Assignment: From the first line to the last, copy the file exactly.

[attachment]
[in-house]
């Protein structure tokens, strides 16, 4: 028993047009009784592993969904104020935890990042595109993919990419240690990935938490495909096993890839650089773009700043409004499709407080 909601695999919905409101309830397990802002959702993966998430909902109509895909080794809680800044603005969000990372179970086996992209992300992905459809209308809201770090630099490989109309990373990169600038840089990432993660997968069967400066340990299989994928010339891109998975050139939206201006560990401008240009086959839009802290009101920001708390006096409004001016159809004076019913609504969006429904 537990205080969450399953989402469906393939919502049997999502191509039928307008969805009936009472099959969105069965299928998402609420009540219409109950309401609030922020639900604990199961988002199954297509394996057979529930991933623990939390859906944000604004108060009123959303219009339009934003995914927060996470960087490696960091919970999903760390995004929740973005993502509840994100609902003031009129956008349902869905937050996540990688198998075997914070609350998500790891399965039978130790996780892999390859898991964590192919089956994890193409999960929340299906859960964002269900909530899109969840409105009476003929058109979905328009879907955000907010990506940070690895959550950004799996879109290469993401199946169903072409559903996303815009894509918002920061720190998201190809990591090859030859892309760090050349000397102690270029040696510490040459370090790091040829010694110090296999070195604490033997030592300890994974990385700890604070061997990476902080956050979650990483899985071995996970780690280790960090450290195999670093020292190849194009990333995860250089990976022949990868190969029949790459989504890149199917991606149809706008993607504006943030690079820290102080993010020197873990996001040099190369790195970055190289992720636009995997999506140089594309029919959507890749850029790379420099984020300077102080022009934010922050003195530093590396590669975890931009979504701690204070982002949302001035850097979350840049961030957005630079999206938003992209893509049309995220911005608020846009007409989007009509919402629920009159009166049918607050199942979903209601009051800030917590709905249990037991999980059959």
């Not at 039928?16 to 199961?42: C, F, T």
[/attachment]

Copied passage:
[in-house]
């Protein structure tokens, strides 16, 4: 028993047009009784592993969904104020935890990042595109993919990419240690990935938490495909096993890839650089773009700043409004499709407080 909601695999919905409101309830397990802002959702993966998430909902109509895909080794809680800044603005969000990372179970086996992209992300992905459809209308809201770090630099490989109309990373990169600038840089990432993660997968069967400066340990299989994928010339891109998975050139939206201006560990401008240009086959839009802290009101920001708390006096409004001016159809004076019913609504969006429904 537990205080969450399953989402469906393939919502049997999502191509039928307008969805009936009472099959969105069965299928998402609420009540219409109950309401609030922020639900604990199961988002199954297509394996057979529930991933623990939390859906944000604004108060009123959303219009339009934003995914927060996470960087490696960091919970999903760390995004929740973005993502509840994100609902003031009129956008349902869905937050996540990688198998075997914070609350998500790891399965039978130790996780892999390859898991964590192919089956994890193409999960929340299906859960964002269900909530899109969840409105009476003929058109979905328009879907955000907010990506940070690895959550950004799996879109290469993401199946169903072409559903996303815009894509918002920061720190998201190809990591090859030859892309760090050349000397102690270029040696510490040459370090790091040829010694110090296999070195604490033997030592300890994974990385700890604070061997990476902080956050979650990483899985071995996970780690280790960090450290195999670093020292190849194009990333995860250089990976022949990868190969029949790459989504890149199917991606149809706008993607504006943030690079820290102080993010020197873990996001040099190369790195970055190289992720636009995997999506140089594309029919959507890749850029790379420099984020300077102080022009934010922050003195530093590396590669975890931009979504701690204070982002949302001035850097979350840049961030957005630079999206938003992209893509049309995220911005608020846009007409989007009509919402629920009159009166049918607050199942979903209601009051800030917590709905249990037991999980059959």
């Not at 039928?16 to 199961?42: C, F, T």